Time Management

Almost every one of us faces the same problem – lack of time. But don’t we all have 24 hours in a day? So, how come some do not complain and some do? It all boils down to time management. Here are some tips which allow you to manage your time effectively and efficiently.

Set SMART Goals

You should be able to take stock of your current situation as to where things stand today with respect to your goals and aspirations. You should also be able to visualize where you want to be five or ten years from now. Hence you should set yourself SMART goals, that is, goals that are Specific, Measurable, Achievable, Realistic, and Time-bound. Without goals, you will be adrift regarding both your professional and personal life. If you set yourself such goals you will know what you need to do to achieve those goals. That will give you a clear sense of purpose and direction, which will motivate you to use your time wisely and judiciously.

Prioritize Tasks

Not all tasks are equally important or equally urgent. Some will be more important or more urgent or both in relation to others. You should try to prioritize the tasks in relation to their importance and urgency, if need be, by drawing up a 2×2 matrix, which allows you to classify tasks into four groups depending on whether they are important or urgent or both or neither. Important and urgent tasks need to be attended to first. The other way you could do this is by writing down a to-do list. That is, make a list of all the tasks you need to do on that day or in that week and rank them in order of priority, assigning letters or numerical codes to them based on their importance and urgency.

Avoid Procrastination

Once you have set yourself goals and prioritized the tasks that need to be done to accomplish them, it is time to put them into action. But what often happens is that we tend to postpone things by procrastinating, especially if the task seems to demand more of our effort and energy or the task looks unpleasant. This often stems from the mistaken assumption that you must finish the task in one go. That is not true. You can always complete most tasks in several sessions, including such simple things as writing an email. For instance, you may have to write an important email to a client and are postponing because you do not know how to go about it. If worse comes to worst, you can always get a start on the email by typing in his email ID, writing the subject, addressing the person, and saving it in the drafts folder for a better mood or inspiration to dawn on you. You will find that the next time you want to revisit that email, you will find less resistance on your part to compose and finish it. A similar strategy can be applied to other tasks by tackling them in bits and pieces.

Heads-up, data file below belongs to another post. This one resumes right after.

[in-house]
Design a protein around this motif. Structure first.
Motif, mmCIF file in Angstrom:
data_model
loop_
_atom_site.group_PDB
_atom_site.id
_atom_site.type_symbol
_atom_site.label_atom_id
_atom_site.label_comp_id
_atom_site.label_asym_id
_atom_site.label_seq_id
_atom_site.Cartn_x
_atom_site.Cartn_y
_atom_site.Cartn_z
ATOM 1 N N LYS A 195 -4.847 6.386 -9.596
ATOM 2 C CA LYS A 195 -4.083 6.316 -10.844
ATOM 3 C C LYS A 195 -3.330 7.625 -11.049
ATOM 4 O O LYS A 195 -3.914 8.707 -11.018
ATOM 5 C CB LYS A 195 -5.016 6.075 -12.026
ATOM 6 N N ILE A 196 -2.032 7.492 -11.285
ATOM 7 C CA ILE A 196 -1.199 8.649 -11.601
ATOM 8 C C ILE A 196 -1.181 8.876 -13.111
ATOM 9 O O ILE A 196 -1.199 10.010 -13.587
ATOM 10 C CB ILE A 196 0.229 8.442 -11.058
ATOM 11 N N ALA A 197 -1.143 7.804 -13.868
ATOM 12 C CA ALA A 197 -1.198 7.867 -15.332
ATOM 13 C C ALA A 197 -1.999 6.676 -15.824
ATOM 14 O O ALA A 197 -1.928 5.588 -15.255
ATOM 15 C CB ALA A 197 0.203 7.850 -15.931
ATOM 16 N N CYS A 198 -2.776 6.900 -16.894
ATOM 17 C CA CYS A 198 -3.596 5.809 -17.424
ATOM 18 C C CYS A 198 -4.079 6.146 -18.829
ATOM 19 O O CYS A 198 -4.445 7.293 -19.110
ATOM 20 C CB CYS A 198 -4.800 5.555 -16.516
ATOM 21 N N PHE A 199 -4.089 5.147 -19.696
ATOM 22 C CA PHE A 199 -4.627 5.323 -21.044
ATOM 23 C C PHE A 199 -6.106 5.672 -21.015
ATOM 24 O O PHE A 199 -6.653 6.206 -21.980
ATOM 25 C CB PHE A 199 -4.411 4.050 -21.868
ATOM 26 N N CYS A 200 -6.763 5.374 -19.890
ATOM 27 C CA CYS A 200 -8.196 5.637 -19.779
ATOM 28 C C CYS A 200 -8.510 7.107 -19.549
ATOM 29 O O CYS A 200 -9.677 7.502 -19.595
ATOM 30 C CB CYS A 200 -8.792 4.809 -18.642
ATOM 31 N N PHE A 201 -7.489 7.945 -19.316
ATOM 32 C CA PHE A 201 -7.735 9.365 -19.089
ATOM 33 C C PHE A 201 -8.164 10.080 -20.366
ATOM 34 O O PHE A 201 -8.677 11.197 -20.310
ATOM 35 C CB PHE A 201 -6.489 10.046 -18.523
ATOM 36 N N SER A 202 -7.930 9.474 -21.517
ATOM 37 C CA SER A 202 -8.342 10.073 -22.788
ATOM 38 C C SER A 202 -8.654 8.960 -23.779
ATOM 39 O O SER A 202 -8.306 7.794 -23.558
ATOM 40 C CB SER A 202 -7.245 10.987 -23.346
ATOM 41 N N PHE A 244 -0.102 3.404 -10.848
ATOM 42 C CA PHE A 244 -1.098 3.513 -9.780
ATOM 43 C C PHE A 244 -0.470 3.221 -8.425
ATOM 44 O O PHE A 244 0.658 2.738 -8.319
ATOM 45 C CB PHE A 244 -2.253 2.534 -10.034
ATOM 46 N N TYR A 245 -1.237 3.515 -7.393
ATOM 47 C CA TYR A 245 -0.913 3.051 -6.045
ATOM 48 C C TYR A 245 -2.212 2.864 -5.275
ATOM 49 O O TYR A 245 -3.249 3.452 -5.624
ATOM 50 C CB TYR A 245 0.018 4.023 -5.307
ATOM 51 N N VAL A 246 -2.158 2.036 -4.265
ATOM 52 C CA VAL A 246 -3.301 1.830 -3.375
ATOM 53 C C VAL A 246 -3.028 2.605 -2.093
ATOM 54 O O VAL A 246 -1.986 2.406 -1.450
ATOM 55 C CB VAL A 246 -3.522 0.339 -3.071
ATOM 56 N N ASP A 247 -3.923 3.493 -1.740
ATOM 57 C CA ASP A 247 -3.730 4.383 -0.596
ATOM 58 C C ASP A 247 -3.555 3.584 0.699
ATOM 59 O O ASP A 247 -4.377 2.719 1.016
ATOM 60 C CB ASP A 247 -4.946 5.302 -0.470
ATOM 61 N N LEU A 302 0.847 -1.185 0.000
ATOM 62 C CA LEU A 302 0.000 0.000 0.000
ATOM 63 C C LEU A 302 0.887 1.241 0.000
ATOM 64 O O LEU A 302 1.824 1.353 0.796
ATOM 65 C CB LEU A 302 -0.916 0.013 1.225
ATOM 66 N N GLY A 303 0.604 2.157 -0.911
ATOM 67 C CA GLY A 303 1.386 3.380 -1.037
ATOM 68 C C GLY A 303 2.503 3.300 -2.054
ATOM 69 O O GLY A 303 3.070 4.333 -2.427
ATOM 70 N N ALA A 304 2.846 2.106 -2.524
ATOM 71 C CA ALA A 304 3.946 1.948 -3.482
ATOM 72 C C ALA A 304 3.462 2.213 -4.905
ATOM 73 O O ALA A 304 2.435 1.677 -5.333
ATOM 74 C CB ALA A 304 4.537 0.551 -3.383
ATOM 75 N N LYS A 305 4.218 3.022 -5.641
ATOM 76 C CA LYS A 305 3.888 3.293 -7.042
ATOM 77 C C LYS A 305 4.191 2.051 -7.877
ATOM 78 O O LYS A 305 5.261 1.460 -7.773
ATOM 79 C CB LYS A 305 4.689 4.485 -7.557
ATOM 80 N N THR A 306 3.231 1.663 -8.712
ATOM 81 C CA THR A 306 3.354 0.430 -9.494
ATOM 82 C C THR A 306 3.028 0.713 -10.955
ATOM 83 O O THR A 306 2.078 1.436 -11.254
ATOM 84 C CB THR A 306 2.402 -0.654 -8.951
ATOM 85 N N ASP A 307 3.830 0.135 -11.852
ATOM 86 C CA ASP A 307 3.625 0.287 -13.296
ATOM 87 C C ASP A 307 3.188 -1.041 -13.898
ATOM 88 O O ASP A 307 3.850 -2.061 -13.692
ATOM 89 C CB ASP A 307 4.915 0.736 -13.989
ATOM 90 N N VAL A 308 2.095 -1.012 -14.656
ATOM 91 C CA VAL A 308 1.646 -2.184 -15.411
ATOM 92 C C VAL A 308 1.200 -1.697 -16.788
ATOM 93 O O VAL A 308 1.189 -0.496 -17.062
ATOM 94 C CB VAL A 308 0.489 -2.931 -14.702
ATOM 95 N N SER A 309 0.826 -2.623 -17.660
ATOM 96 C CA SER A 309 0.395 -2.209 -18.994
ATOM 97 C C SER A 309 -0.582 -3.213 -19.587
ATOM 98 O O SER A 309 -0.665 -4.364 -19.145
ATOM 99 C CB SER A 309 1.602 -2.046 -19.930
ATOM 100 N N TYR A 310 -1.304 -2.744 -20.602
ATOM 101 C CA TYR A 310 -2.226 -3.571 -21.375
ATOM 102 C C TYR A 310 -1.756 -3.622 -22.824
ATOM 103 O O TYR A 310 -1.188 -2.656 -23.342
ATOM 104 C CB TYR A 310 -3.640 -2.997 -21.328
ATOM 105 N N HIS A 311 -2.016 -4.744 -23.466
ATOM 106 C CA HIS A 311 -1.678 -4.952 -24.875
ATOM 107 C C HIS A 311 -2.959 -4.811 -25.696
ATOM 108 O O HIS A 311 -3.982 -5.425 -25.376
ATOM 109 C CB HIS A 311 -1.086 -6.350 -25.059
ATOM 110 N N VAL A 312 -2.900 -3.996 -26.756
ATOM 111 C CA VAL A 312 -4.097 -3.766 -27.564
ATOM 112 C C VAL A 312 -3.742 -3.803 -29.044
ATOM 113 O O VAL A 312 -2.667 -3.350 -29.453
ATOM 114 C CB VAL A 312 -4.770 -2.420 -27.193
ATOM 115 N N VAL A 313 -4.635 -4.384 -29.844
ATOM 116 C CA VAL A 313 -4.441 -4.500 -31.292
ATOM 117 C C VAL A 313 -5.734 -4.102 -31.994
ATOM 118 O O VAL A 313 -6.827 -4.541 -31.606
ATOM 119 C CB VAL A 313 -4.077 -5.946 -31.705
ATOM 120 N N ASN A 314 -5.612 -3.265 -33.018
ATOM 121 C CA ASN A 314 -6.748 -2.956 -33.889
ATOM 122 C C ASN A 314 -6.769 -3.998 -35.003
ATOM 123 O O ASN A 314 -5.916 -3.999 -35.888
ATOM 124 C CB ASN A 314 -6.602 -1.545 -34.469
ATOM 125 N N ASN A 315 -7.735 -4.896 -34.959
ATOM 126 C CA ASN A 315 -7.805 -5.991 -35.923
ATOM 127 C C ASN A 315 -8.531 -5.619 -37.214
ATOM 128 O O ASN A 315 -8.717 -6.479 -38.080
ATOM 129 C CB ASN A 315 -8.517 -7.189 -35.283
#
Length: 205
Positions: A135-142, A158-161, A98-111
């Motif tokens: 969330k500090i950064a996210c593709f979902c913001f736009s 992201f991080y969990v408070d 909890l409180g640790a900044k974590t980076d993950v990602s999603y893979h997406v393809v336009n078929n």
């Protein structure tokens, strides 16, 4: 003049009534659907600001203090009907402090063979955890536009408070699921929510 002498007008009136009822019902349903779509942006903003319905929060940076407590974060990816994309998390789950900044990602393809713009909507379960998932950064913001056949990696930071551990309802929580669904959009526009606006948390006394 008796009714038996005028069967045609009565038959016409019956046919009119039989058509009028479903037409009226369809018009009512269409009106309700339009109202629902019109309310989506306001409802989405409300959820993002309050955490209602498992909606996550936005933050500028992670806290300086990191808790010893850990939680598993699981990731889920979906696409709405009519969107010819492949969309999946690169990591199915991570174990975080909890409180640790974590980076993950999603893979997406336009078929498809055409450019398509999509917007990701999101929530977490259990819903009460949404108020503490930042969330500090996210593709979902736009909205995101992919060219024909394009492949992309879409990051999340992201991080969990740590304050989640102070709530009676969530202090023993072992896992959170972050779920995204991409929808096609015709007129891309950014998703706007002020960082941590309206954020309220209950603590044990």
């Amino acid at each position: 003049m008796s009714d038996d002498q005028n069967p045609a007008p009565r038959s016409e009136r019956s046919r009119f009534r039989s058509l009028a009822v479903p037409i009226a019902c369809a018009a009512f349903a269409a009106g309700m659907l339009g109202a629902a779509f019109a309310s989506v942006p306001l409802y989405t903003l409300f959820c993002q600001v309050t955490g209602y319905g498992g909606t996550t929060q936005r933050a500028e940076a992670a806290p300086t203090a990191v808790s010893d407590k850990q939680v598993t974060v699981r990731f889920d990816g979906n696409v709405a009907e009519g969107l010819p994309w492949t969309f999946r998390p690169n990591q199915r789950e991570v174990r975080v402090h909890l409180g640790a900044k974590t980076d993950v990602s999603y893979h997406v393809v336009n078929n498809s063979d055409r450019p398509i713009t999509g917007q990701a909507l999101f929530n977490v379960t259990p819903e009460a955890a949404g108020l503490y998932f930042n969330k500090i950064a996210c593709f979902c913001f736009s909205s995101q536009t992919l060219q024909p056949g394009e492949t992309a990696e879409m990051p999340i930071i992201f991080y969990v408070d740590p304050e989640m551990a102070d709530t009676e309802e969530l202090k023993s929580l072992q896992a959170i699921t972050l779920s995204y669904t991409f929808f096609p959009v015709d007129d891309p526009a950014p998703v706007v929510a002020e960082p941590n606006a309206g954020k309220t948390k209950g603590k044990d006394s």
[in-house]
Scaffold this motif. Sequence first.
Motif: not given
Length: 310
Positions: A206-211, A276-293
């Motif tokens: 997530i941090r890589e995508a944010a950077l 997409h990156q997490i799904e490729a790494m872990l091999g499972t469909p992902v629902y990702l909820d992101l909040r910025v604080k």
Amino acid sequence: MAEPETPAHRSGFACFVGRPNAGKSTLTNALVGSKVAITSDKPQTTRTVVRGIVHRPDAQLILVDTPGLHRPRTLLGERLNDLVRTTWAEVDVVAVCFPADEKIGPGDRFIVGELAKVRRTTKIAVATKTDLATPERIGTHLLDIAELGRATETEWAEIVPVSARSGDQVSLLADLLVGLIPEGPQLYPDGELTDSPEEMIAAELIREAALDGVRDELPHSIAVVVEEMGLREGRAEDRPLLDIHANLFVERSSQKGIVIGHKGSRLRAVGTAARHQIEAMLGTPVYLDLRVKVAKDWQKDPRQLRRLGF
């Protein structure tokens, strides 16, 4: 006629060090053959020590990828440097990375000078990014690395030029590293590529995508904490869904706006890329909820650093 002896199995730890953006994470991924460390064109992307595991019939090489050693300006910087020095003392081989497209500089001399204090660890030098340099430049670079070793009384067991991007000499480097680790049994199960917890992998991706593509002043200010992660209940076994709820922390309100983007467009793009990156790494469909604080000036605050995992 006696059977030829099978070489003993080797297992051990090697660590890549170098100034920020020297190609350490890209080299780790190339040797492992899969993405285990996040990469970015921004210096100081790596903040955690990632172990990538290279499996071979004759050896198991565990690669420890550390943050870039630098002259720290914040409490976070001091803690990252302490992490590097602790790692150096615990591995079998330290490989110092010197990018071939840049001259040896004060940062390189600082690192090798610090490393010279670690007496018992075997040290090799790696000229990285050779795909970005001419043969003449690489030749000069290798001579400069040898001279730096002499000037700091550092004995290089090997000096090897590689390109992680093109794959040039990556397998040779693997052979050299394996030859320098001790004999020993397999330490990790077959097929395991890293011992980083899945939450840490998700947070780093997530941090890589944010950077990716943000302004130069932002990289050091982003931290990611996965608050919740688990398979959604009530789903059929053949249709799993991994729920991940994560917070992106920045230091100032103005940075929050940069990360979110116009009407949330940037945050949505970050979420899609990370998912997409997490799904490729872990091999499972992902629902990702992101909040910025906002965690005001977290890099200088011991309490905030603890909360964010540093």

“Do Not Bite More Than You Can Chew”

Do not get tempted to take on a whole host of responsibilities on your shoulder. You will not have the time and energy to do them all satisfactorily. So, learn to delegate tasks to colleagues or subordinates based on their competence and availability. Do not also micromanage by looking over the shoulders of all your subordinates. Allow them to do the task at their own discretion and pace. That way not only will they breathe easy but also you will have more time on your hands. You can always check their work at periodic intervals and at the end. The other thing you should learn to do is to say ‘no’ to whatever responsibility or task that you feel you will not have the time, energy, or competence to do. Do not be a pushover.

Schedule Tasks Effectively

All of us have different rhythms. Different people feel more energetic and productive during different times of the day – some in the morning, some in the afternoon, and some towards the evening. Study yourself to see when you are most energetic and productive and schedule important activities during that part of the day.

Take Breaks

Do not work long hours at a stretch. If you do, your focus and attention will start to fall after some time and your work efficiency will be reduced. Hence, take short five-minute breaks every couple of hours to rejuvenate yourself. During the break, you could sit quietly, pace up and down, or do some stretching exercises in your chair.

Avoid Distractions and Multitasking

You can lose your focus and concentration on the task at hand if you are multitasking or having distractions. Try to insulate yourself from distractions when you are engaged in any important task. Contrary to the feeling of accomplishing more by multitasking, studies show that you take 20-40% more time to complete a task when multitasking than if you did the tasks one at a time.

D. Samarender Reddy

Holds degrees in Medicine (MBBS) and Economics (MA, The Johns Hopkins University). Certified programmer. An avid reader. Worked in various capacities as a medical writer, copywriter, copyeditor, software programmer, newspaper columnist, and content writer.

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